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Elveden Clay Pit



Site Number 20 (This is an AHOB Key Site)
Nearest Town: Elveden
National Grid Reference: TL809804
Lat: 52.392 Lon: 0.657

Elveden has been known as an archaeological site since the 1890s, but was first excavated in the late 1930s by Paterson and Fagg (1940) and then by the British Museum from 1995-99 (Ashton et al. 2005). The stratigraphy at Elveden is very similar to that at Barnham (only 7 km to the east), with fine-grained sediments infilling a basin that is formed in Anglian till. The site is attributed to the first half of the Hoxnian interglacial (MIS 11c) based on the geology, biostratigraphy and amino acid ratios. As with Barnham, the artefacts, consisting of handaxes, cores and flakes, were recovered from a lag gravel (bed 3), palaeosol (bed 4) and overlying brickearth (bed 5) at the margins of the basin. The environmental data only survives from the clays and silts in the centre of the basin (bed 2). A rich pollen sequence in the lower part suggests an open environment attributable to pollen zone HoI. Ostracods, molluscs and fish in the upper part of the clays and silts indicate a fluvial env... [read more]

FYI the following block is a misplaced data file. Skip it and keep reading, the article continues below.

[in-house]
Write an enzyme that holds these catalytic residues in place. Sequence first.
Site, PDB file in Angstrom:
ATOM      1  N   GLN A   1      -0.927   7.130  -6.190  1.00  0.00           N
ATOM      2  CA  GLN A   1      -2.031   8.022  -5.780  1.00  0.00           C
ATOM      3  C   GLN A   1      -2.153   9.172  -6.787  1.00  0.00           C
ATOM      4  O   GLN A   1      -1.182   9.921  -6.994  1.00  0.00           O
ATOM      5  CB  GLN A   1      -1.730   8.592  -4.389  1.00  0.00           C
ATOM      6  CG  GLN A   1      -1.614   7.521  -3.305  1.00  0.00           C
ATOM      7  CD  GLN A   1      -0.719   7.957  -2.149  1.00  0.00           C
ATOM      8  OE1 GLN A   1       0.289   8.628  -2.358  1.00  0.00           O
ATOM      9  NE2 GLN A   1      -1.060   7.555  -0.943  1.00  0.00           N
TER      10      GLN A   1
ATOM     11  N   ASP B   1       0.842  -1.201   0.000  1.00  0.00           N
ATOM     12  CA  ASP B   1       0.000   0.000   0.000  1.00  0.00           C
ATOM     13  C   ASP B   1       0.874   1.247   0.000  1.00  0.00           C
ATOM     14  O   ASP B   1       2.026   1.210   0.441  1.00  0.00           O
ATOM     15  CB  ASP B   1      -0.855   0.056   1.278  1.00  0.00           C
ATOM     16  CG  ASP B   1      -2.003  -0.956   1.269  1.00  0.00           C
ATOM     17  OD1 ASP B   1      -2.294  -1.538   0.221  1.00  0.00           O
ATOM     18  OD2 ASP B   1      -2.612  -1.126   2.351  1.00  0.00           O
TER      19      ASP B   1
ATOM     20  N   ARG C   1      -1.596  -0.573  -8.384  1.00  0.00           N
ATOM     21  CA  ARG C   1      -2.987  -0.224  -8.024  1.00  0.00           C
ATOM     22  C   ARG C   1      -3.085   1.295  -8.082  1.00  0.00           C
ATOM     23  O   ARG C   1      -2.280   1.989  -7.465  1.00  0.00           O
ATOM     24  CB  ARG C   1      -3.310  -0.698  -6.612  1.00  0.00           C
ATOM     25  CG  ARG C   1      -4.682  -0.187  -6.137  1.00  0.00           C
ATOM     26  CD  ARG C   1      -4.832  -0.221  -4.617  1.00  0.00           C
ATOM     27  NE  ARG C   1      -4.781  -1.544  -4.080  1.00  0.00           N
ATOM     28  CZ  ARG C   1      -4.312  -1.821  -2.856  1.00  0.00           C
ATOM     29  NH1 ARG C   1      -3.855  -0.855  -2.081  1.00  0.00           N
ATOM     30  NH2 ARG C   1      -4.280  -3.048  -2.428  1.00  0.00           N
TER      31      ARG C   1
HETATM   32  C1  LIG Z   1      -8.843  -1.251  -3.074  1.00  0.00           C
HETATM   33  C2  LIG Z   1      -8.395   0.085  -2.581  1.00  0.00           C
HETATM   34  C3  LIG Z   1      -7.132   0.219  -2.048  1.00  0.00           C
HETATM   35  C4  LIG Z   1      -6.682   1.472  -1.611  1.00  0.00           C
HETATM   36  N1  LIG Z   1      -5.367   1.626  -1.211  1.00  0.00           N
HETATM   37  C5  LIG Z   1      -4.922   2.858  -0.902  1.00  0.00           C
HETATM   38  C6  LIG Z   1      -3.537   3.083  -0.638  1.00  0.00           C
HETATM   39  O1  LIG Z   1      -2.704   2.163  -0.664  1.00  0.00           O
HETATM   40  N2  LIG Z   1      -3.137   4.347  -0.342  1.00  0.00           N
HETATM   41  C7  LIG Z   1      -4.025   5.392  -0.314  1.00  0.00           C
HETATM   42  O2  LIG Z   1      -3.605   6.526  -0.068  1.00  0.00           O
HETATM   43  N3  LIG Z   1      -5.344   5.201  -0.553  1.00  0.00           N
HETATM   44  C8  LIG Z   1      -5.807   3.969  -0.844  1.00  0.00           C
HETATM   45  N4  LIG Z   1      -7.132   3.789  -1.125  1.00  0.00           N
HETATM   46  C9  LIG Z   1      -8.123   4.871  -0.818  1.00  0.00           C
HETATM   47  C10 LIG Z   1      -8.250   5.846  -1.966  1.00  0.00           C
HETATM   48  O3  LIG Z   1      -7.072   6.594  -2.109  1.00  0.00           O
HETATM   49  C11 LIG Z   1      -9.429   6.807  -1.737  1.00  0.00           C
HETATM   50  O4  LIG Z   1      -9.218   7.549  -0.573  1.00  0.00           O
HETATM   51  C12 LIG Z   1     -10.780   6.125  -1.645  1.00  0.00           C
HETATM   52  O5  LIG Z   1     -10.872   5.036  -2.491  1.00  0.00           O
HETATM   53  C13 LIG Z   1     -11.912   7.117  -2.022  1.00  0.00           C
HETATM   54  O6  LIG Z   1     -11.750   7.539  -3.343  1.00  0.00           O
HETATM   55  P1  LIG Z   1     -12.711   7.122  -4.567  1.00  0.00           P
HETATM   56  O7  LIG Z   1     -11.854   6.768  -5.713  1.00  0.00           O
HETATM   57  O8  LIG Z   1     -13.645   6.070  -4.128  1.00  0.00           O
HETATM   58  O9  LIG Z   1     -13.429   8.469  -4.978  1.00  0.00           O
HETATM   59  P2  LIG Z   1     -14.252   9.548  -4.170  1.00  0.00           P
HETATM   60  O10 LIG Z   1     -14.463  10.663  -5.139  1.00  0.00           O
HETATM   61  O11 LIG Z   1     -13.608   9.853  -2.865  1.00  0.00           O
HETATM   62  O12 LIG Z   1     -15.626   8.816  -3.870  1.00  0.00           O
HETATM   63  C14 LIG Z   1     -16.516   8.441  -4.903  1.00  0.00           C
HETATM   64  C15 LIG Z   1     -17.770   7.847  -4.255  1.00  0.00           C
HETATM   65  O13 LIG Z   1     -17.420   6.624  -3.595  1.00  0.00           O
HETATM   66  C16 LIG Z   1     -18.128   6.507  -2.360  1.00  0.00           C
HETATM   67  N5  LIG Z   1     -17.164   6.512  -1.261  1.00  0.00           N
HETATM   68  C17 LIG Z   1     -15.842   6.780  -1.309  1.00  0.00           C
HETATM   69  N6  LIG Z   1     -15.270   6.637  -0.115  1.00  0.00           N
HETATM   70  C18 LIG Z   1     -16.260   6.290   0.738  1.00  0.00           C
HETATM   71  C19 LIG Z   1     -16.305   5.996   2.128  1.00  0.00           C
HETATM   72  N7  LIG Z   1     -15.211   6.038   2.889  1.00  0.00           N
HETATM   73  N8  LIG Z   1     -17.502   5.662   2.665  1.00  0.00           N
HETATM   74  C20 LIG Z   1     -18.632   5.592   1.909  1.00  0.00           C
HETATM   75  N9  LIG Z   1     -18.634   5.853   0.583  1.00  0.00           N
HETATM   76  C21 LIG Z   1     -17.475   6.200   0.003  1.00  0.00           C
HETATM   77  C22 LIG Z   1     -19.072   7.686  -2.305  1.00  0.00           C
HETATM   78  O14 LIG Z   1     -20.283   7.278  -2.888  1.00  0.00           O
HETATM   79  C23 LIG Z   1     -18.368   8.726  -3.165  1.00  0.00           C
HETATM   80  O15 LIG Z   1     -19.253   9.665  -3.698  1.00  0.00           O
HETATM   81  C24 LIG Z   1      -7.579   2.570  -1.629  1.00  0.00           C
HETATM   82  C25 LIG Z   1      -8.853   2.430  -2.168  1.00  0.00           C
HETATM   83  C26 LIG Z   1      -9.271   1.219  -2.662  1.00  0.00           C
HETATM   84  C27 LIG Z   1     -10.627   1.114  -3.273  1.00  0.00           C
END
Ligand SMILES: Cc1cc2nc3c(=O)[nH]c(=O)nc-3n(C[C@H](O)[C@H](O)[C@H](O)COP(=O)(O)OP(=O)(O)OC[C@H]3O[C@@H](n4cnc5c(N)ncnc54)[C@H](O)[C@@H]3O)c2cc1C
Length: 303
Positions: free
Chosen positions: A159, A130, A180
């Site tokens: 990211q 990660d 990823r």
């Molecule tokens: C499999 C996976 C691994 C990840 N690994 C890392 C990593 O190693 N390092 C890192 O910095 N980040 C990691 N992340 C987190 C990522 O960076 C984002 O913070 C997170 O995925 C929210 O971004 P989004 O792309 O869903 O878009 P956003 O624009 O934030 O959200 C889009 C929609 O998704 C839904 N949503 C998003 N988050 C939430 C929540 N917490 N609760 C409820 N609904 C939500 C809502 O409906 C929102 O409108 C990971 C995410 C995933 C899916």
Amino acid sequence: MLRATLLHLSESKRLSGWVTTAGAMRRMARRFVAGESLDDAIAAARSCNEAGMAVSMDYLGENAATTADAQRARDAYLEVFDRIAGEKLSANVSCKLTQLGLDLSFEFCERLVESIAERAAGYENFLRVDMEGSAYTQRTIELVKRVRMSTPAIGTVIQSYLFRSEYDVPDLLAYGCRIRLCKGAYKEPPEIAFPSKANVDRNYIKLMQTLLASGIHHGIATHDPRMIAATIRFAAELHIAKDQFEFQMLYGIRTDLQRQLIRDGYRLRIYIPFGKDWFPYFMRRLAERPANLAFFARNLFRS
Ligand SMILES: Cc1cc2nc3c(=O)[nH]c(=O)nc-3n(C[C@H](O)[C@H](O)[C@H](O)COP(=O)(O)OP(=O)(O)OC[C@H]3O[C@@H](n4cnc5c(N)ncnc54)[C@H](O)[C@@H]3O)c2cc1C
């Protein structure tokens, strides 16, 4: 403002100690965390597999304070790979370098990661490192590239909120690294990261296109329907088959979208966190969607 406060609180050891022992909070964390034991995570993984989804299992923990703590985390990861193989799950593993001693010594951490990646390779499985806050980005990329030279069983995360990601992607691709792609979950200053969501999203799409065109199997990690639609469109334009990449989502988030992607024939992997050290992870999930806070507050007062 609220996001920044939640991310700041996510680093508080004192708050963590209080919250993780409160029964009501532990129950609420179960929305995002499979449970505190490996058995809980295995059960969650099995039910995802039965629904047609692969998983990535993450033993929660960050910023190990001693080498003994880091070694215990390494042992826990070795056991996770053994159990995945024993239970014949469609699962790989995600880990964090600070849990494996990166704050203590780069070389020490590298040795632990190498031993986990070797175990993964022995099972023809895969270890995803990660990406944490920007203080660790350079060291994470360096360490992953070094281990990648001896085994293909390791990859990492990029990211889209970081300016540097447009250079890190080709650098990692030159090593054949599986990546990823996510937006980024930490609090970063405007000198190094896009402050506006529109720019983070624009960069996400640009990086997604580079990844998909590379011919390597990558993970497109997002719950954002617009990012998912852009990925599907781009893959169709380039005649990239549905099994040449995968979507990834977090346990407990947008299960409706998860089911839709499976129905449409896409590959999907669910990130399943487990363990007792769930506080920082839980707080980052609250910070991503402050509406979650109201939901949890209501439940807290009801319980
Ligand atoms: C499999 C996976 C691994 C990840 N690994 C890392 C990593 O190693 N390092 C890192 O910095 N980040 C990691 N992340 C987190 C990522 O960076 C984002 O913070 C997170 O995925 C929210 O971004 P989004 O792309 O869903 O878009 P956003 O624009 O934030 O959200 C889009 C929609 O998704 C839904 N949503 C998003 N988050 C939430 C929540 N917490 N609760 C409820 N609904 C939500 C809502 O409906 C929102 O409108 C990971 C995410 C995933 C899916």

Horizons recorded at Elveden Clay Pit

Unit Name Epoch Biozone MIS
Undifferentiated (Horz Num: 20) Middle Pleistocene Undefined 11

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